Mr Putin’s spokesman and campaign official Dmitry Peskov said the website had been hacked in its early hours and some of the anti-Putin messages were “spam”. He denied messages had been blacklisted for political reasons.
“All this fuss with calls for resignation is a kind of computer game that children are playing at. It has nothing to do with constructive dialogue,” he said.
Mr Putin also unveiled his draft programme for the March presidential poll, which acknowledged Russians’ desire for faster change but barely touched on issues such as corruption and political reform.
He has already faced the biggest protest rallies of his 12-year rule when tens of thousands of people, many affluent and educated city dwellers, took to the streets last month to protest against alleged fraud in the 4 December parliamentary election.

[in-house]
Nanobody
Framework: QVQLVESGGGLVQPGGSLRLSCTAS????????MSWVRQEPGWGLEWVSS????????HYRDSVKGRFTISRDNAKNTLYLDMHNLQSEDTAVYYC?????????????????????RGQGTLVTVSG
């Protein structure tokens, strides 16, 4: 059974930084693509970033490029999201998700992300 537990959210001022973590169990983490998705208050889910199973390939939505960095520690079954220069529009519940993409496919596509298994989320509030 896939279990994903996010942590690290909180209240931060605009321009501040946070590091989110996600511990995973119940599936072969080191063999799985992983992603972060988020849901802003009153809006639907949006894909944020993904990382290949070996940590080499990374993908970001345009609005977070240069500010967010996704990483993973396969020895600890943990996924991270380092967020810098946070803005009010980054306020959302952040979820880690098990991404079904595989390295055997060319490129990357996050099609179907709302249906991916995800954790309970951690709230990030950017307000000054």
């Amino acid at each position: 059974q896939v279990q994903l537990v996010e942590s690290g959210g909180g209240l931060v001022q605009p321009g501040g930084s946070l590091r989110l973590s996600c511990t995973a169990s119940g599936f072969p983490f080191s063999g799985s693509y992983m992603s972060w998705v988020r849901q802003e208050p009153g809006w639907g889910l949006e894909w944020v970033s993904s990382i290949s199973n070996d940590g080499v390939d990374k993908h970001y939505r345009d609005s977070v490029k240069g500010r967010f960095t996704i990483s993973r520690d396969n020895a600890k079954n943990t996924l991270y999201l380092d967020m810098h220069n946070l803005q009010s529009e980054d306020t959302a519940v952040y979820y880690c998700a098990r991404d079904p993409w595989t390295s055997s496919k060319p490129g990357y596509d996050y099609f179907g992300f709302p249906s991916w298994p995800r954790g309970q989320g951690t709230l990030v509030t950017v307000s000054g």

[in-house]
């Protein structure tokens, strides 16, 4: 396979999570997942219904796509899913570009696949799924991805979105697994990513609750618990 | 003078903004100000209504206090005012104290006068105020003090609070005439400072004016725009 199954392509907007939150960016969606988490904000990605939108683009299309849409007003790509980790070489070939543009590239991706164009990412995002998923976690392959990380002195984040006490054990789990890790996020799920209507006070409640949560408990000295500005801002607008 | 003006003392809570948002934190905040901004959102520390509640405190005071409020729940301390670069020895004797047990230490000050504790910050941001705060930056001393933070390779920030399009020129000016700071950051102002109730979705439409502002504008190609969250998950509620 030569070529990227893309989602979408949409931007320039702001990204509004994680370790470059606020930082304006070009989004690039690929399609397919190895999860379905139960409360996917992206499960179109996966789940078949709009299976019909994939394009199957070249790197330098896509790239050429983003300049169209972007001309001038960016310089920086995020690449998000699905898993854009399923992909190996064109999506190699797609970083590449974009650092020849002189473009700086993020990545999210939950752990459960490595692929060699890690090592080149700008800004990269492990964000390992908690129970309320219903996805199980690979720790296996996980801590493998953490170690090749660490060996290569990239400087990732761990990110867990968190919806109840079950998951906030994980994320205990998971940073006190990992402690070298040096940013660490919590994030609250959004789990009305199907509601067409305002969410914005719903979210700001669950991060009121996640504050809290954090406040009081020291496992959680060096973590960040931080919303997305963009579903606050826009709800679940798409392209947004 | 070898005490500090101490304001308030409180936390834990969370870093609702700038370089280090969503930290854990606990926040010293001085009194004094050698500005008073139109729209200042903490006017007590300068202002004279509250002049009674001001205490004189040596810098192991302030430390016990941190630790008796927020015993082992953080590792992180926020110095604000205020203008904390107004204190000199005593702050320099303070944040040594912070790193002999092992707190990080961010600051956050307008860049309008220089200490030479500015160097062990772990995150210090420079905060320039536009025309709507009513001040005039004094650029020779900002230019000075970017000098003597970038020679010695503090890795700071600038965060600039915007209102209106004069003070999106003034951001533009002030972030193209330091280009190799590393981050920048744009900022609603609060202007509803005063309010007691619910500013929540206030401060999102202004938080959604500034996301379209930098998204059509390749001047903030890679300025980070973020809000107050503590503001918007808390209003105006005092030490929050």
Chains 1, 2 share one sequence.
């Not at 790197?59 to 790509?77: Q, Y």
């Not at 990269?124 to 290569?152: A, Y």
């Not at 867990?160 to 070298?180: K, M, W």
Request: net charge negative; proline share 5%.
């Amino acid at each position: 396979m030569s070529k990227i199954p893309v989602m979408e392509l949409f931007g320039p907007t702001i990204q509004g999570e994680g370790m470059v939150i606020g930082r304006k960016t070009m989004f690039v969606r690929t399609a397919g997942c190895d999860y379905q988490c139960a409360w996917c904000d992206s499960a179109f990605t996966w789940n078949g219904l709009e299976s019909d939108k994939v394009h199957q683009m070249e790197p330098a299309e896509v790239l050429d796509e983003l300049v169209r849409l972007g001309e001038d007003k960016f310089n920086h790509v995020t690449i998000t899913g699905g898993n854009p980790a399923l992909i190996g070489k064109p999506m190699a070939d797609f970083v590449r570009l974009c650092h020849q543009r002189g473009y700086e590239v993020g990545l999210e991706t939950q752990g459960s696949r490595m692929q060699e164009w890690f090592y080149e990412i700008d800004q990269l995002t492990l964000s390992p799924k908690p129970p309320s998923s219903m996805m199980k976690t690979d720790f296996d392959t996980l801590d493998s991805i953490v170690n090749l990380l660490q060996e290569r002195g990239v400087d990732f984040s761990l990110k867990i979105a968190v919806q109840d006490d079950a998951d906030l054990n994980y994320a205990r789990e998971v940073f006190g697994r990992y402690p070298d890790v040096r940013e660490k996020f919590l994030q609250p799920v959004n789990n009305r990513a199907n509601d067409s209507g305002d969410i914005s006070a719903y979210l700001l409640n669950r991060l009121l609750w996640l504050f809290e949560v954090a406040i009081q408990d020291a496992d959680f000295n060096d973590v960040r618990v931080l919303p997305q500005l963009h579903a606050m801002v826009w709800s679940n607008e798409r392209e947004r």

Mr Putin remains Russia’s most influential politician but his popularity has been shrinking since he decided last September to return to the Kremlin after four years as prime minister.
“Vladimir Vladimirovich, I suggest you do not turn the situation into a revolution and resign from the post of prime minister and also take your candidacy off the presidential race,” read a message posted by Svetlana Sorokina.
“Leave politics, please. It is obvious that power is like a drug but it would be a decent move,” wrote Andrei Antinenko.
Anti-Putin messages accounted for at least a third of posts before access was blocked.